Hetty Hutter witnessed all that passed, and the scene at first had pressed upon her feeble mind in a way to paralyze it entirely; but, by this time she had rallied, and was growing indignant at the unmerited suffering the Indians were inflicting on her friend. Though timid, and shy as the young of the deer on so many occasions, this right-feeling girl was always intrepid in the cause of humanity; the lessons of her mother, and the impulses of her own heart — perhaps we might say the promptings of that unseen and pure spirit that seemed ever to watch over and direct her actions — uniting to keep down the apprehensions of woman, and to impel her to be bold and resolute. She now appeared in the circle, gentle, feminine, even bashful in mien, as usual, but earnest in her words and countenance, speaking like one who knew herself to be sustained by the high authority of God.
“Why do you torment Deerslayer, redmen?” she asked “What has he done that you trifle with his life; who has given you the right to be his judges? Suppose one of your knives or tomahawks had hit him; what Indian among you all could cure the wound you would make. Besides, in harming Deerslayer, you injure your own friend; when father and Hurry Harry came after your scalps, he refused to be of the party, and staid in the canoe by himself. You are tormenting a good friend, in tormenting this young man!”
The Hurons listened with grave attention, and one among them, who understood English, translated what had been said into their native tongue. As soon as Rivenoak was made acquainted with the purport of her address he answered it in his own dialect; the interpreter conveying it to the girl in English.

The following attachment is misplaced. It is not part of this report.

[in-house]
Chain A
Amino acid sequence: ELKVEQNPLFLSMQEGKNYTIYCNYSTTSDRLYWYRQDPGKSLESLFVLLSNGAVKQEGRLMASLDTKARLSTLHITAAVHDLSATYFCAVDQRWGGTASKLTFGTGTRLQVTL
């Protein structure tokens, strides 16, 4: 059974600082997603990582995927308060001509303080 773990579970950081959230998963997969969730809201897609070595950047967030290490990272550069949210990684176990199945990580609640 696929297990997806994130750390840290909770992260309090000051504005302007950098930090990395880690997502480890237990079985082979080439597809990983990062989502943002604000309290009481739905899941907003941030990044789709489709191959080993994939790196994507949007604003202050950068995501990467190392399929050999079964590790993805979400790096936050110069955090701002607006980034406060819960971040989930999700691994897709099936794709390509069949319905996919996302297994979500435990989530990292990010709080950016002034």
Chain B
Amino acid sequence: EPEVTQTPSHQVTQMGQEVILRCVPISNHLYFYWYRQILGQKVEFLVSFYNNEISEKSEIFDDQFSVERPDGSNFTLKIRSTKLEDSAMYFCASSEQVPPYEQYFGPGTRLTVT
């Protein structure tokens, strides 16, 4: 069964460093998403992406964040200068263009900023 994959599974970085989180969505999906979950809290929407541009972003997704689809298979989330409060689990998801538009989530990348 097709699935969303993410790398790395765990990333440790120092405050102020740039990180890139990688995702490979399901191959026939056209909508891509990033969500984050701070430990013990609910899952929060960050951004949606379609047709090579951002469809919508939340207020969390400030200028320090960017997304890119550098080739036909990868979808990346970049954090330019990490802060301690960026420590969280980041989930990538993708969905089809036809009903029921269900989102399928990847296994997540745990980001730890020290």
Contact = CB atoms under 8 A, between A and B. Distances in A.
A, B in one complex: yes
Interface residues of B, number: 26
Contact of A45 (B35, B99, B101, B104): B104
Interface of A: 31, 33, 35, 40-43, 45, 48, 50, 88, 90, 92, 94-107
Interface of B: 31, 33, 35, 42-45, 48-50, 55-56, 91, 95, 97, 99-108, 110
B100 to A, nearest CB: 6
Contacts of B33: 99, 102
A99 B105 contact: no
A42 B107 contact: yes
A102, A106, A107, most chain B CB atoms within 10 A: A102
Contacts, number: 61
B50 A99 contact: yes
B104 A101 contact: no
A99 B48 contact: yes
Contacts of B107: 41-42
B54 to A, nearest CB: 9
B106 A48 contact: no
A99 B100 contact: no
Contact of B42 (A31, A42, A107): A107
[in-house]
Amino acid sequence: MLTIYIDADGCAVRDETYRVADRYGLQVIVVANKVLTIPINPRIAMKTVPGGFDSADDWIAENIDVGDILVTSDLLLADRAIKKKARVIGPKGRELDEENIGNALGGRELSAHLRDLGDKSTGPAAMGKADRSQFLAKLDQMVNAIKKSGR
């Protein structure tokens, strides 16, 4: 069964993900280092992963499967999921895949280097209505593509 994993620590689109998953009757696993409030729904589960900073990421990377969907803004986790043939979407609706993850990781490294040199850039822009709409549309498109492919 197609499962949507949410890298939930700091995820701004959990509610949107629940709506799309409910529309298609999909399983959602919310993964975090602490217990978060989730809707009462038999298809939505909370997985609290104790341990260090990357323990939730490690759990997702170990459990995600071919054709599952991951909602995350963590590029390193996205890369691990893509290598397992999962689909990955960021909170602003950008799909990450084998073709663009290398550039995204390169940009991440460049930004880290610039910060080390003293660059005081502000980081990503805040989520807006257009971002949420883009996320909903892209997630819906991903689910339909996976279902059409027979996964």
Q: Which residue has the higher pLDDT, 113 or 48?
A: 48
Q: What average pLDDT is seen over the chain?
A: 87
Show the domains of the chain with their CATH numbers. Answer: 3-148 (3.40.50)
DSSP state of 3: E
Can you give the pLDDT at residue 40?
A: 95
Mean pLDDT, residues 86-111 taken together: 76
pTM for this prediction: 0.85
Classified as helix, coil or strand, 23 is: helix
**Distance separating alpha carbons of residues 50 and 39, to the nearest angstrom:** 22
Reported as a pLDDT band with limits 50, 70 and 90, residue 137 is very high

“My daughter is very welcome to speak,” said the stern old orator, using gentle intonations and smiling as kindly as if addressing a child —“The Hurons are glad to hear her voice; they listen to what she says. The Great Spirit often speaks to men with such tongues. This time, her eyes have not been open wide enough to see all that has happened. Deerslayer did not come for our scalps, that is true; why did he not come? Here they are on our heads; the war locks are ready to be taken hold of; a bold enemy ought to stretch out his hand to seize them. The Iroquois are too great a nation to punish men that take scalps. What they do themselves, they like to see others do. Let my daughter look around her and count my warriors. Had I as many hands as four warriors, their fingers would be fewer than my people, when they came into your hunting grounds. Now, a whole hand is missing. Where are the fingers? Two have been cut off by this pale-face; my Hurons wish to see if he did this by means of a stout heart, or by treachery. Like a skulking fox, or like a leaping panther.”